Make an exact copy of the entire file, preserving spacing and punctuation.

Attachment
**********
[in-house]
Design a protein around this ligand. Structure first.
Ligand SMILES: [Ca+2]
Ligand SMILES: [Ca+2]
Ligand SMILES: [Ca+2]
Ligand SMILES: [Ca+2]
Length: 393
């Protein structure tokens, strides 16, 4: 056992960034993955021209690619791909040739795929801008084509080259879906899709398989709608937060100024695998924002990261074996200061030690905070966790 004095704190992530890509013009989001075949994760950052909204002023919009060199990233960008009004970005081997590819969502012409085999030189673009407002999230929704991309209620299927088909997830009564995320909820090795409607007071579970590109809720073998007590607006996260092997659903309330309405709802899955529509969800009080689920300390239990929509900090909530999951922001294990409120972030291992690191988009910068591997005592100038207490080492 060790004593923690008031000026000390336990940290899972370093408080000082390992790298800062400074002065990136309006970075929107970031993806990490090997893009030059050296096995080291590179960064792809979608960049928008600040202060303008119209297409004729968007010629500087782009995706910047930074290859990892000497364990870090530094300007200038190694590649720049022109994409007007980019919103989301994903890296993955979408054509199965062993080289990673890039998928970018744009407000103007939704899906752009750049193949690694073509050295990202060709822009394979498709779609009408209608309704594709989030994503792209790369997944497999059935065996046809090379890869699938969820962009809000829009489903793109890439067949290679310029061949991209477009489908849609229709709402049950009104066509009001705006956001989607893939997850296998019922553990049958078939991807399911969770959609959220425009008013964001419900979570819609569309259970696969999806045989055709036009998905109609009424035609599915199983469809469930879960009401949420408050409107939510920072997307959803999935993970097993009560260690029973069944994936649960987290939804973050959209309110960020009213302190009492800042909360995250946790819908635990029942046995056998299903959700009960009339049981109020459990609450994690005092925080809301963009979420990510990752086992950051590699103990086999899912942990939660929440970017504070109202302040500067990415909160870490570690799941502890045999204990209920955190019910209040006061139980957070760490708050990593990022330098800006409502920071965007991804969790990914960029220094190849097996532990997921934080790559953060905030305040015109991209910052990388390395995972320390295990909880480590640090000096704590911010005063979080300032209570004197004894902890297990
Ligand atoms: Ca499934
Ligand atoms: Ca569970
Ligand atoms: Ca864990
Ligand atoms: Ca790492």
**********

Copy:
[in-house]
Design a protein around this ligand. Structure first.
Ligand SMILES: [Ca+2]
Ligand SMILES: [Ca+2]
Ligand SMILES: [Ca+2]
Ligand SMILES: [Ca+2]
Length: 393
């Protein structure tokens, strides 16, 4: 056992960034993955021209690619791909040739795929801008084509080259879906899709398989709608937060100024695998924002990261074996200061030690905070966790 004095704190992530890509013009989001075949994760950052909204002023919009060199990233960008009004970005081997590819969502012409085999030189673009407002999230929704991309209620299927088909997830009564995320909820090795409607007071579970590109809720073998007590607006996260092997659903309330309405709802899955529509969800009080689920300390239990929509900090909530999951922001294990409120972030291992690191988009910068591997005592100038207490080492 060790004593923690008031000026000390336990940290899972370093408080000082390992790298800062400074002065990136309006970075929107970031993806990490090997893009030059050296096995080291590179960064792809979608960049928008600040202060303008119209297409004729968007010629500087782009995706910047930074290859990892000497364990870090530094300007200038190694590649720049022109994409007007980019919103989301994903890296993955979408054509199965062993080289990673890039998928970018744009407000103007939704899906752009750049193949690694073509050295990202060709822009394979498709779609009408209608309704594709989030994503792209790369997944497999059935065996046809090379890869699938969820962009809000829009489903793109890439067949290679310029061949991209477009489908849609229709709402049950009104066509009001705006956001989607893939997850296998019922553990049958078939991807399911969770959609959220425009008013964001419900979570819609569309259970696969999806045989055709036009998905109609009424035609599915199983469809469930879960009401949420408050409107939510920072997307959803999935993970097993009560260690029973069944994936649960987290939804973050959209309110960020009213302190009492800042909360995250946790819908635990029942046995056998299903959700009960009339049981109020459990609450994690005092925080809301963009979420990510990752086992950051590699103990086999899912942990939660929440970017504070109202302040500067990415909160870490570690799941502890045999204990209920955190019910209040006061139980957070760490708050990593990022330098800006409502920071965007991804969790990914960029220094190849097996532990997921934080790559953060905030305040015109991209910052990388390395995972320390295990909880480590640090000096704590911010005063979080300032209570004197004894902890297990
Ligand atoms: Ca499934
Ligand atoms: Ca569970
Ligand atoms: Ca864990
Ligand atoms: Ca790492």